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Non-native English Speakers: Which Spelling?  
User currently offlineaero145 From Iceland, joined Jan 2005, 3071 posts, RR: 21
Posted (3 years 4 months 3 weeks 5 days 16 hours ago) and read 2674 times:

Hey guys!

Before I start: Yes, I tried searching for this topic in the archive, but I didn’t find anything.

As you know, there are some different spellings of English out there. The main ones are, as far as I know:

American spelling (analyze, synthesize, organization, draft, curb, tire, centered, ameba, esthetics, color)
British* spelling (analyse, synthesise, organisation, draught, kerb, tyre, centred, amoeba, aesthetics, colour)
Oxford spelling (same as British, with the exception of -ize and -iza {synthesize, organization})
Canadian spelling (analyze, synthesize, organization, draft, curb, tire, centred, ameba, aesthetics, colour)

[* = also used in former British colonies with the exception of Canada

This is a tiny example of the differences.

So the question: Non-native English speakers, which spelling to you use/prefer and why?

Until I was about 14, I had no idea which variant I used, so I researched a bit, and saw an overview of the differences. Since then I started using the British spelling. In school I first learned the American variant, then the British, and after that it was up to me to write correctly – as in, not mix up the different spelling variants.

Looking forward to seeing your replies,

Dave   

[Edited 2011-03-07 07:15:09]

45 replies: All unread, showing first 25:
 
User currently offlineGrahamHill From France, joined Mar 2007, 2809 posts, RR: 2
Reply 1, posted (3 years 4 months 3 weeks 5 days 16 hours ago) and read 2669 times:

Quoting aero145 (Thread starter):
Non-native English speakers, which spelling to you use/prefer and why?

I use (or try to use) the Oxford spelling, because it is the English I have learnt in school  



"A learned fool is more foolish than an ignorant one" - Moliere
User currently offlineAM744 From Mexico, joined Jun 2001, 1773 posts, RR: 0
Reply 2, posted (3 years 4 months 3 weeks 5 days 16 hours ago) and read 2668 times:

American for the most part. Except for amoeba and aesthetics, perhaps because I studied English at British founded institutions. I'd guess you'd get a different result if you asked a Frenchman or Dutchman who'd probably be more influenced by the British spelling.

User currently offlineaero145 From Iceland, joined Jan 2005, 3071 posts, RR: 21
Reply 3, posted (3 years 4 months 3 weeks 5 days 16 hours ago) and read 2659 times:

Quoting GrahamHill (Reply 1):
I use (or try to use) the Oxford spelling, because it is the English I have learnt in school

Interesting – is that common practice in France?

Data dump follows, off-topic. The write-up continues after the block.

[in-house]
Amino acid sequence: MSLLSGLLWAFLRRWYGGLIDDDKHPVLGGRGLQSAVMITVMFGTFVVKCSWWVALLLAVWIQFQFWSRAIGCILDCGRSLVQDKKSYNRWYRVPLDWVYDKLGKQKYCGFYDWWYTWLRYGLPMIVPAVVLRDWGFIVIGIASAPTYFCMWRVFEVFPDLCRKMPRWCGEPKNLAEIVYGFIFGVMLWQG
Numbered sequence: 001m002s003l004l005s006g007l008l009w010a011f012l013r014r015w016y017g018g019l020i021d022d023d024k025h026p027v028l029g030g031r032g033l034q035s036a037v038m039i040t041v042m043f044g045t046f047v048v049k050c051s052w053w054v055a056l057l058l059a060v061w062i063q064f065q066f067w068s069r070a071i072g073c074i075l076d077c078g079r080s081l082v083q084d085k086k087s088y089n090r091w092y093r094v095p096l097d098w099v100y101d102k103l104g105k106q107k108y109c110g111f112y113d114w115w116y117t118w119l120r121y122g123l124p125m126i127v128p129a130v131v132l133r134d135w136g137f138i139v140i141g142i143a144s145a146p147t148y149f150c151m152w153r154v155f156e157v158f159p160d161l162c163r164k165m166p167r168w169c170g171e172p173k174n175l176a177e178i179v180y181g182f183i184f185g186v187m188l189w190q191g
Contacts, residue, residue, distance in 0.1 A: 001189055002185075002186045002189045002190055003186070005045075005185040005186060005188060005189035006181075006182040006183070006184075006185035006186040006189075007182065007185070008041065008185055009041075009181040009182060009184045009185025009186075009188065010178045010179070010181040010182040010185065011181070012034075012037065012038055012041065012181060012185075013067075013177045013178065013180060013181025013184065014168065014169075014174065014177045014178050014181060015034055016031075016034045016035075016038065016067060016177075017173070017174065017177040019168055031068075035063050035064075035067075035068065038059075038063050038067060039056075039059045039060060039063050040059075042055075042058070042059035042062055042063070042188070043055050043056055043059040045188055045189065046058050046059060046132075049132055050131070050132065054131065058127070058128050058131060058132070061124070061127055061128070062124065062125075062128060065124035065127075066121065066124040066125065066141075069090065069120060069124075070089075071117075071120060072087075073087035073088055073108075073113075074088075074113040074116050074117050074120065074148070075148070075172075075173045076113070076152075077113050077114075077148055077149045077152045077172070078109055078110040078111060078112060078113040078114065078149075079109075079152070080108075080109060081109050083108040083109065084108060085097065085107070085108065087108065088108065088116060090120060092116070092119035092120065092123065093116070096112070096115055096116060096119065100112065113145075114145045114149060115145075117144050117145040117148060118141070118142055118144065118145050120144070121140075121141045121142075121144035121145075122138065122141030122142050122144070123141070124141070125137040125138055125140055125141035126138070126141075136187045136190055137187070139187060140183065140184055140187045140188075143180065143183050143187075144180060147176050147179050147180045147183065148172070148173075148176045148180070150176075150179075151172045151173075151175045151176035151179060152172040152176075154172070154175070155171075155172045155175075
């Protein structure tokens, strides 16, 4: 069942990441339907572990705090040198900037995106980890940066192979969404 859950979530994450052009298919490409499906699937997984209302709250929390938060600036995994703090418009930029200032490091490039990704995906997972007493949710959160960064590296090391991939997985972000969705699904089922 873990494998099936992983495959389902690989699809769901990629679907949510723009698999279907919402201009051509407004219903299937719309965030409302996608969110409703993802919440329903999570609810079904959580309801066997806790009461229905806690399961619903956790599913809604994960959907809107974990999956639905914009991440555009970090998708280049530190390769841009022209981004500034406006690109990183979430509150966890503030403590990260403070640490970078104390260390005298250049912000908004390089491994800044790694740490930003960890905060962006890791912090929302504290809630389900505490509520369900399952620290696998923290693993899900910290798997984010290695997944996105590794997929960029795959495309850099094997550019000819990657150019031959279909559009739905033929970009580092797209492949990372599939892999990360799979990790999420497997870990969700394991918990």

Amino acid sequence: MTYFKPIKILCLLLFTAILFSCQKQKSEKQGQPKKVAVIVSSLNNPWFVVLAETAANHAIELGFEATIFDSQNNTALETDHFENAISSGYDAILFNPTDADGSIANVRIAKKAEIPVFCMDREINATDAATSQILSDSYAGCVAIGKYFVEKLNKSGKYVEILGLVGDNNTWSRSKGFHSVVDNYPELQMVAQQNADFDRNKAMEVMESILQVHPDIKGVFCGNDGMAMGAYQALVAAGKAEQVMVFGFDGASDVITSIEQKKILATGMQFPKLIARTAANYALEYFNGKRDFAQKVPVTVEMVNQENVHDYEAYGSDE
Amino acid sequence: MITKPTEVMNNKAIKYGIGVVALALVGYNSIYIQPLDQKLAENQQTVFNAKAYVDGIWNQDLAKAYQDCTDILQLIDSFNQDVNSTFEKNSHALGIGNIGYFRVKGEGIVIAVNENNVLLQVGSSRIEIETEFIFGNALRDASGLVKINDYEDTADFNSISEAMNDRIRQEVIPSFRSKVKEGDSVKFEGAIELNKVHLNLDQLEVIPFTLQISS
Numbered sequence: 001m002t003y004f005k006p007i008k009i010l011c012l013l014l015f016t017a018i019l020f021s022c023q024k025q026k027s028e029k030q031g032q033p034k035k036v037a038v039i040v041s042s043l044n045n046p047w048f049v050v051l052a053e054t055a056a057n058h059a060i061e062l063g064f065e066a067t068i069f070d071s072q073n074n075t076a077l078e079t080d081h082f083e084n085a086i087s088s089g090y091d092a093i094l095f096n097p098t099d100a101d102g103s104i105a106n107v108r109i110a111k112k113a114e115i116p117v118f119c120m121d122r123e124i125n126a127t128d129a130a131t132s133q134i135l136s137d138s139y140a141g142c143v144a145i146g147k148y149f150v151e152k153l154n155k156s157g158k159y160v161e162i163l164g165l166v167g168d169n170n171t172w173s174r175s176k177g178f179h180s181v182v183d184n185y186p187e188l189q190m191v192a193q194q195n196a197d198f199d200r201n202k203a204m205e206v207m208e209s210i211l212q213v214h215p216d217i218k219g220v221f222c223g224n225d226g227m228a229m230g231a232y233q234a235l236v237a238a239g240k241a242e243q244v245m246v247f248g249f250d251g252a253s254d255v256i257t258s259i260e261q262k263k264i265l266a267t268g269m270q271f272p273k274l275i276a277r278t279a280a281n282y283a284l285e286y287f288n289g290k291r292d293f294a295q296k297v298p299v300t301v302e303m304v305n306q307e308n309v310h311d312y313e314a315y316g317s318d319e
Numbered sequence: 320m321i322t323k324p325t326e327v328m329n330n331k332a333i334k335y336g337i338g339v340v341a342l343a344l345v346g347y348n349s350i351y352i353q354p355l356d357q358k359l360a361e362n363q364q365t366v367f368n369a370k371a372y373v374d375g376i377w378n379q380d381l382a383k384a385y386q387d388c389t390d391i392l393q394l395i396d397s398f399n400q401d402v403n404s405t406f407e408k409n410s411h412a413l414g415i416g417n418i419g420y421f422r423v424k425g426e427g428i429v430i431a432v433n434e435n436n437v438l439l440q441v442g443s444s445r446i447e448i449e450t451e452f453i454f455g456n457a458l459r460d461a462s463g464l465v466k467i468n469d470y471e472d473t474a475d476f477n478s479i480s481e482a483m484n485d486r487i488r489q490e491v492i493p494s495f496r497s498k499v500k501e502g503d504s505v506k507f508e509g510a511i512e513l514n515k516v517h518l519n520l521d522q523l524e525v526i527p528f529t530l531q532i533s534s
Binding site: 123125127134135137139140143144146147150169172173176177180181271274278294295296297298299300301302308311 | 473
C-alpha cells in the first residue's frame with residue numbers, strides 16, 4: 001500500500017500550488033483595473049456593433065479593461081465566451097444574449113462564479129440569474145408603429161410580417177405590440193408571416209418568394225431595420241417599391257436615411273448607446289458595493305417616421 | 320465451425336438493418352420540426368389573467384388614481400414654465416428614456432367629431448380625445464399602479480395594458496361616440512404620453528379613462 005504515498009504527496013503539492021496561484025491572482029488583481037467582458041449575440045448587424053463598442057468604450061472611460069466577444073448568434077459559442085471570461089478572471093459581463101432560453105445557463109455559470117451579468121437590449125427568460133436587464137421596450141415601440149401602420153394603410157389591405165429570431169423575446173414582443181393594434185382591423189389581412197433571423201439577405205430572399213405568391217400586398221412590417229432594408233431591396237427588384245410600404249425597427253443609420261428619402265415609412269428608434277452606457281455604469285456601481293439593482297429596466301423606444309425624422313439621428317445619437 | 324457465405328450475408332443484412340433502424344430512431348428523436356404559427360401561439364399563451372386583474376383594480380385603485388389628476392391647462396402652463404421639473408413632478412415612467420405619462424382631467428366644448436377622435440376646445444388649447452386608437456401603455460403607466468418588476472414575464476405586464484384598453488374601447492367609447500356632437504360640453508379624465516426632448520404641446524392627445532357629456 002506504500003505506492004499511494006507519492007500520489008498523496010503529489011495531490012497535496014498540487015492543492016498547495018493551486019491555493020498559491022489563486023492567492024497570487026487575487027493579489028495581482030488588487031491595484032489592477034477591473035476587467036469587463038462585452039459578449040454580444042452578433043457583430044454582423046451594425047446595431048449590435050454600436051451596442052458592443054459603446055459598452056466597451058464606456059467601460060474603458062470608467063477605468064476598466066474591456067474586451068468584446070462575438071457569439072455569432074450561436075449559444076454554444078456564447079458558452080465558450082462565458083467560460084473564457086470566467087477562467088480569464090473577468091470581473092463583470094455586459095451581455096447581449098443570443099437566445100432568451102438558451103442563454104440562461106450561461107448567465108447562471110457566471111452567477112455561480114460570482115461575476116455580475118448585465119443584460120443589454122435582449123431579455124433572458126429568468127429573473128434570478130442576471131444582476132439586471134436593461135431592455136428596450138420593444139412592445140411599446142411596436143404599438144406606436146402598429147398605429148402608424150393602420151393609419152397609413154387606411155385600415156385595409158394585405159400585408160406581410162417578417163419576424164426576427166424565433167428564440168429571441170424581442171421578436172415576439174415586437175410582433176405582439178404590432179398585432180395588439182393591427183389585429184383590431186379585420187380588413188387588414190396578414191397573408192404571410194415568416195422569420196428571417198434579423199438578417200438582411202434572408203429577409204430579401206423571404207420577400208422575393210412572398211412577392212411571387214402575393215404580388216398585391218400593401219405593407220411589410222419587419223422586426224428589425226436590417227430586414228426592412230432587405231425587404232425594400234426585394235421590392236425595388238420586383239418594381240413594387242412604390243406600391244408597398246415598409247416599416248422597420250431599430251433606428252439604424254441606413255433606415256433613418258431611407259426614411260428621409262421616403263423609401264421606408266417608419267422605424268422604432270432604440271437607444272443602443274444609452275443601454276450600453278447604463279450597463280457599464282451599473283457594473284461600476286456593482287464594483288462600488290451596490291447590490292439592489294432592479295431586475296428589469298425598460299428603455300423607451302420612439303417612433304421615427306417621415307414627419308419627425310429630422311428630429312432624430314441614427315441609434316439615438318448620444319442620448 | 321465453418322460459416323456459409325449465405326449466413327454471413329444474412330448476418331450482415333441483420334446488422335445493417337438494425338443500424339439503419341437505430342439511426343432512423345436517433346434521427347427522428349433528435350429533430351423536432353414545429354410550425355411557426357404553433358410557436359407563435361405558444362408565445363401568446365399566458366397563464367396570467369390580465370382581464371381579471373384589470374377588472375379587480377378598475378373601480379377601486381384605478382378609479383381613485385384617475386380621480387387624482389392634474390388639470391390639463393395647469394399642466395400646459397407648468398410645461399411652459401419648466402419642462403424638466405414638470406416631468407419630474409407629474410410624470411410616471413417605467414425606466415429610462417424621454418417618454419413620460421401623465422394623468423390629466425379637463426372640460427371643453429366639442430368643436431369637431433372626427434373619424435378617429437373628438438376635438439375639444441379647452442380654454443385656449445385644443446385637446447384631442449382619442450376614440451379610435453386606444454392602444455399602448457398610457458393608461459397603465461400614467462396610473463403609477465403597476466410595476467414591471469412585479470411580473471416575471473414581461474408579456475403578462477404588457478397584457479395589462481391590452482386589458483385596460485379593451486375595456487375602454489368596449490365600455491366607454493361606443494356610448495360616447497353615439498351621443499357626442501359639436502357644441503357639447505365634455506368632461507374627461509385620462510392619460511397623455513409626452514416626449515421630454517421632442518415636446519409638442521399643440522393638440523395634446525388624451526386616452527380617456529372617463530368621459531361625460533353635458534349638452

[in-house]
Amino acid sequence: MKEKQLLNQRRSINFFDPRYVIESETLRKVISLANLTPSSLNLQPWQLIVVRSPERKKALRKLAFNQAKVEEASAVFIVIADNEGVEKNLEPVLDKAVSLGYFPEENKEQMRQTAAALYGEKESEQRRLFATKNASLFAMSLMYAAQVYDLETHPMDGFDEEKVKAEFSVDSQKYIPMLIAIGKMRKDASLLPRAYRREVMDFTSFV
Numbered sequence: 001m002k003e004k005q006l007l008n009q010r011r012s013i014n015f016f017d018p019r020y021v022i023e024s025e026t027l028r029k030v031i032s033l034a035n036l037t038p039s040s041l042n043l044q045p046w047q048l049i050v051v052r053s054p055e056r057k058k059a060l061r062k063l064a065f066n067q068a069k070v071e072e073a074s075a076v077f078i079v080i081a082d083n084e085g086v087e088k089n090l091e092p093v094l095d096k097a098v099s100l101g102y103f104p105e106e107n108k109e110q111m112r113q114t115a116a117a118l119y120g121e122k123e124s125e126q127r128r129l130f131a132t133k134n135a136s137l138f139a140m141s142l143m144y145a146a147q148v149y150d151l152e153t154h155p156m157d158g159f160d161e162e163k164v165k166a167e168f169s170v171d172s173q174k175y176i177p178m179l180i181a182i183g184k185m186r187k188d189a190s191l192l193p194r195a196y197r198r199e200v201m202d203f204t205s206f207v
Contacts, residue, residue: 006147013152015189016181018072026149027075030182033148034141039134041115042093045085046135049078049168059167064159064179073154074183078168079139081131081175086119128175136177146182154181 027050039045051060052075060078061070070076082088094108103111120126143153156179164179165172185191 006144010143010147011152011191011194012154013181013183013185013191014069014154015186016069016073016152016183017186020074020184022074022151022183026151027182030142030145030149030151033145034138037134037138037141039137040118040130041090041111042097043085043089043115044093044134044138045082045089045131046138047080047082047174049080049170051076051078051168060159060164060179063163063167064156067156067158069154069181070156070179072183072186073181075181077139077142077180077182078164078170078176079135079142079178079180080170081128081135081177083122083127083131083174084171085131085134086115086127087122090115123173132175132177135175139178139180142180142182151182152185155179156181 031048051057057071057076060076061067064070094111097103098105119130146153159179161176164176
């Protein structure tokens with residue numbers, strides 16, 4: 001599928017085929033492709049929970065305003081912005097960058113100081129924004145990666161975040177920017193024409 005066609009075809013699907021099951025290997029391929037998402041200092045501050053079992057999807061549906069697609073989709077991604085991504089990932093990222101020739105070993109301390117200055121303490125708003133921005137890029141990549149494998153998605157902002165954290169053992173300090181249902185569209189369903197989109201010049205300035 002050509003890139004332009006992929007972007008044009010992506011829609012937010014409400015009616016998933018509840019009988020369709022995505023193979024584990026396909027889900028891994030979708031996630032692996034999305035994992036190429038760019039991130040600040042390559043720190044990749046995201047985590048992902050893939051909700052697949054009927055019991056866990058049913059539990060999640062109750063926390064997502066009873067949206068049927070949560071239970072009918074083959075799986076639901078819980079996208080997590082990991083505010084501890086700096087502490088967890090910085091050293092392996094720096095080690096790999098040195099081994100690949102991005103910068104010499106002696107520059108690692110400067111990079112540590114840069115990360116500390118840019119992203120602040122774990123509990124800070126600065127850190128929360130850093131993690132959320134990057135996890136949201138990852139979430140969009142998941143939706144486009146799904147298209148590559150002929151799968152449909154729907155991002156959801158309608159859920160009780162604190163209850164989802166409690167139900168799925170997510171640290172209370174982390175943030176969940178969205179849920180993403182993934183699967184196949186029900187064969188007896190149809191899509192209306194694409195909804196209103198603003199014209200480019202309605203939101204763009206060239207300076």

User currently offlineGrahamHill From France, joined Mar 2007, 2809 posts, RR: 2
Reply 4, posted (3 years 4 months 3 weeks 5 days 16 hours ago) and read 2649 times:

Quoting aero145 (Reply 3):
Interesting – is that common practice in France?

I would not be able to tell, to be honest. But I can try to dig up some information.



"A learned fool is more foolish than an ignorant one" - Moliere
User currently offlinedc9northwest From Switzerland, joined Feb 2007, 2269 posts, RR: 7
Reply 5, posted (3 years 4 months 3 weeks 5 days 16 hours ago) and read 2643 times:

Quoting aero145 (Thread starter):

If I'm writing a paper, I'll use American spelling, since I'm studying at an American University. Having said that, I sometimes like to use British spelling for the simple reasons that 1) IMO it reflects pronunciation better or 2) it looks better on paper.

From your list... It's definitely analyze, synthesize and organization.
I rarely use the word draft/draught, even though it is one of the most common enemies of the Romanian people, e.g. "don't open that window; there'll be a draught" on a 35 degree day in August on a train without air conditioning.
Ameba and esthetics look incorrect.
Car-related things... I really prefer the American spelling.
Travelling and other words like it (one or two ls)... I'll take the two l solution. It emphasizes the correct pronunciation IMO.

That said, it all comes down to preference.


User currently offlinesw733 From United States of America, joined Feb 2004, 6303 posts, RR: 9
Reply 6, posted (3 years 4 months 3 weeks 5 days 15 hours ago) and read 2586 times:

I grew up in Namibia to American parents, so in school we learned British English, and at home I spoke American English, so I have always been able to switch between the two based on who I am speaking with. That being said, with my having lived in America for 8 years now, my default is American English.

User currently offlinesebolino From France, joined May 2001, 3681 posts, RR: 4
Reply 7, posted (3 years 4 months 3 weeks 5 days 14 hours ago) and read 2556 times:

Quoting aero145 (Reply 3):
Quoting GrahamHill (Reply 1):
I use (or try to use) the Oxford spelling, because it is the English I have learnt in school

Interesting – is that common practice in France?

No.
As far as I remember, it's the British English which is taught at school. It sounds pretty normal, we learn English not American.


User currently offlineCXB77L From Australia, joined Feb 2009, 2597 posts, RR: 5
Reply 8, posted (3 years 4 months 3 weeks 5 days 14 hours ago) and read 2535 times:
AIRLINERS.NET CREW
CHAT OPERATOR

Quoting aero145 (Thread starter):
British* spelling (analyse, synthesise, organisation, draught, kerb, tyre, centred, amoeba, aesthetics, colour)